Researchers

Marisha Speights Atkins, Ph.D., CCC-SLP -PI

Dr. Speights Atkins received her master’s degree from Tennessee State University and her Ph. D. from the University of Cincinnati.  Her research is informed by her 17 years of clinical practice serving preschool and early elementary age children.  During her time serving as speech-language pathologist in preschools and elementary schools in Tennessee,  Mississippi, Ohio, and Alabama, it became apparent that tools used for large screening efforts were too time intensive and often challenged by a limited number of specialist trained in communication disorders on site to either administer screening tests or to supervise the process. 

Dr. Speights Atkins’ clinical experience,  training in speech science,  and collaborations with computer and data scientists has inspired her to develop and test automated tools for speech measurement and screening of speech disorders in children.  She is pioneering the use of artificial intelligence for speech screenings. With her team of collaborators and student researchers, our hope is that the development of smart tools will aid in reducing racial, social, and geographical disparities in early detection, increase access to care, and improve referrals of children to speech-language pathologist for diagnostic speech assessment and early intervention.  

 

 

Francesca Varias received her undergraduate degree in Biochemistry at Grinnell College. When she realized a majority of the disparities in the health care system are derived from education, she decided to join Teach for America upon graduation. She taught 6th grade science at KIPP One Academy in Chicago from 2018-2020. Her work in education inspired her to find a way to maximize her impact on the future generation when she stumbled upon the field of speech language pathology. She is currently interested in researching the impact of COVID-19 on the screening and diagnosis of speech disorders in children in the Chicago Public School district.

Danielle is a master’s student in Northwestern’s Speech Language and Learning program. She graduated from Baylor University with a degree in Communication Sciences & Disorders. Before enrolling at Northwestern, Danielle served as an elementary English tutor for Literacy First through AmeriCorps where she worked with underserved school districts in Austin, Texas. Danielle aspires to be a clinician who advocates for equity and innovation to help others reach their full potential.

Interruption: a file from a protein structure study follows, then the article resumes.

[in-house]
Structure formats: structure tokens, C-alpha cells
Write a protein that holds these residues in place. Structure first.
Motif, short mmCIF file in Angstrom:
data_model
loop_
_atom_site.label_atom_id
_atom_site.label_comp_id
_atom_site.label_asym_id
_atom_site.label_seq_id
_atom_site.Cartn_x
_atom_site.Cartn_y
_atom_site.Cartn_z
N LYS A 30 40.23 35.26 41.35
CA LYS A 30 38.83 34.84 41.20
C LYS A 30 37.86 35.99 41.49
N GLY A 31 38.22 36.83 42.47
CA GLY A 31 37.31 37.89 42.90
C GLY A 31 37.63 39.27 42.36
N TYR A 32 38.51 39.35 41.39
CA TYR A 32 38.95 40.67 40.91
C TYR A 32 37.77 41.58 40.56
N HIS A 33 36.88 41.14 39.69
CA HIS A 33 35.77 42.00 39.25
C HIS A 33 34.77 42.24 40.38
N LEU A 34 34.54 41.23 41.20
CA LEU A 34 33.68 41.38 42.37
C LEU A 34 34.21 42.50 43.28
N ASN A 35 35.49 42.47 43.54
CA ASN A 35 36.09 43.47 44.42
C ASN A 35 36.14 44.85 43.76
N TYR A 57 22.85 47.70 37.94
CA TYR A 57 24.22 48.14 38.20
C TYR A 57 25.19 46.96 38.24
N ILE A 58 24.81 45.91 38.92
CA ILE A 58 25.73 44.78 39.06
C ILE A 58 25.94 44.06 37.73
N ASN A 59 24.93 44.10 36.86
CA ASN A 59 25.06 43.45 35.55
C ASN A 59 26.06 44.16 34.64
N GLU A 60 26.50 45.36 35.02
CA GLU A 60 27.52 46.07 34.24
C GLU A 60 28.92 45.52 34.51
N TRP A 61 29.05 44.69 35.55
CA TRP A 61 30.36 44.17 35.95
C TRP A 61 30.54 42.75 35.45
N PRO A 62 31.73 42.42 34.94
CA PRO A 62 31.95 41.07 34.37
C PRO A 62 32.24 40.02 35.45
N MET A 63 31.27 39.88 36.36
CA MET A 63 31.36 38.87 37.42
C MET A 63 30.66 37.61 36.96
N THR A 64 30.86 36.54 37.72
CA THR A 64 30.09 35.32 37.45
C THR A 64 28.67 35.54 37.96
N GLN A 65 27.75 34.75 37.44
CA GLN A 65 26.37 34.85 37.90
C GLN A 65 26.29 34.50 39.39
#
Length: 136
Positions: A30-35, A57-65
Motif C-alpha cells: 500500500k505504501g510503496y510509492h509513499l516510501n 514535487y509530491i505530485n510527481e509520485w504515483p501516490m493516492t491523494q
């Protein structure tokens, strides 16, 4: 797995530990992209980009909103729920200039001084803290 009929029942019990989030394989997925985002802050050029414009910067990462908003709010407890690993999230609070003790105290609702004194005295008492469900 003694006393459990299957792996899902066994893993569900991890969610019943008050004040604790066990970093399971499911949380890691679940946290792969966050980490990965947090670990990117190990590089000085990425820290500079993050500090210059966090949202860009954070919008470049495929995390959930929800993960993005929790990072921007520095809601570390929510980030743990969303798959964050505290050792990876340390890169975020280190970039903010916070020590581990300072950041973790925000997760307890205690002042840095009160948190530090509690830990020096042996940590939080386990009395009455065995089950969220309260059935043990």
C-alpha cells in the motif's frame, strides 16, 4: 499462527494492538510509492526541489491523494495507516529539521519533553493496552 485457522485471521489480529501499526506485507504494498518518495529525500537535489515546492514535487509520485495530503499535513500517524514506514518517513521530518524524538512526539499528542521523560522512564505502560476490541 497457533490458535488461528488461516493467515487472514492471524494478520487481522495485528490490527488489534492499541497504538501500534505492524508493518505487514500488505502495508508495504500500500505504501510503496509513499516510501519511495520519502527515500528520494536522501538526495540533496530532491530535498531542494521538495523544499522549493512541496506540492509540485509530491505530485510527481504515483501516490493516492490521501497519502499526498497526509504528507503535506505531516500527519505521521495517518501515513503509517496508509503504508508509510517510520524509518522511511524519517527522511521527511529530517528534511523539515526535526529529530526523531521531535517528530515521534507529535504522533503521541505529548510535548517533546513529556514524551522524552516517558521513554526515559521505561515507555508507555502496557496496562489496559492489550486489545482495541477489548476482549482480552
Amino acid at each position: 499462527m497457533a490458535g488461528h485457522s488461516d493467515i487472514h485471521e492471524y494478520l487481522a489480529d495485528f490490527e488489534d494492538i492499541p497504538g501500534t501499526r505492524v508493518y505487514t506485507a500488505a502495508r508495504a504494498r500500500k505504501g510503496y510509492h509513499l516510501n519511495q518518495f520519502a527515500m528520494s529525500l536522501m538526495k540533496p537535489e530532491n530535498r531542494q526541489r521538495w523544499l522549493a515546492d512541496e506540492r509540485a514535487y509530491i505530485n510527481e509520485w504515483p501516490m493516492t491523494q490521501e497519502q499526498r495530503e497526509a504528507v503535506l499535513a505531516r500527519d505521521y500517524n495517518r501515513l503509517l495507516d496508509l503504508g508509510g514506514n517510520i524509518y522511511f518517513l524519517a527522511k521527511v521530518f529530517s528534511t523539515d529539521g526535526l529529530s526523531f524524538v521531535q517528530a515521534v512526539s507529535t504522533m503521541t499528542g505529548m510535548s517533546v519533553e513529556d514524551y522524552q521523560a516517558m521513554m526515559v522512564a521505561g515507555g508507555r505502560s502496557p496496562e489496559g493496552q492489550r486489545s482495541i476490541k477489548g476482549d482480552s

Gwynna Ryan received her undergraduate degree in Psychology at the University of Richmond in 2021. She worked in a psycholinguistics research lab for 3 years during undergrad investigating questions related to how the mind processes complex syntactic structures when reading and listening to spoken speech. Her dual interests in psychology and linguistics led her to the field of speech language pathology. She is currently interested in researching the intelligibility of child speakers among aging listeners as well as developing automated acoustic vowel space measurements for child speakers.

Samantha Schultz received her undergraduate degree in Communication Sciences and Disorders with a minor in Applied Behavior Analysis at the University of South Florida. Samantha worked as a speech-language pathology assistant in a private clinic in Lithia, Florida, from 2020 to 2021 post-graduation. She worked with pediatrics presenting with a variety of diagnoses. Samantha was inspired by how speech and language manifests and develops in each child differently, which set her passion for pursuing a higher degree in speech and language therapy. She is currently interested in researching how Artificial Intelligence can be a proactive tool for database transcription and speech assessment.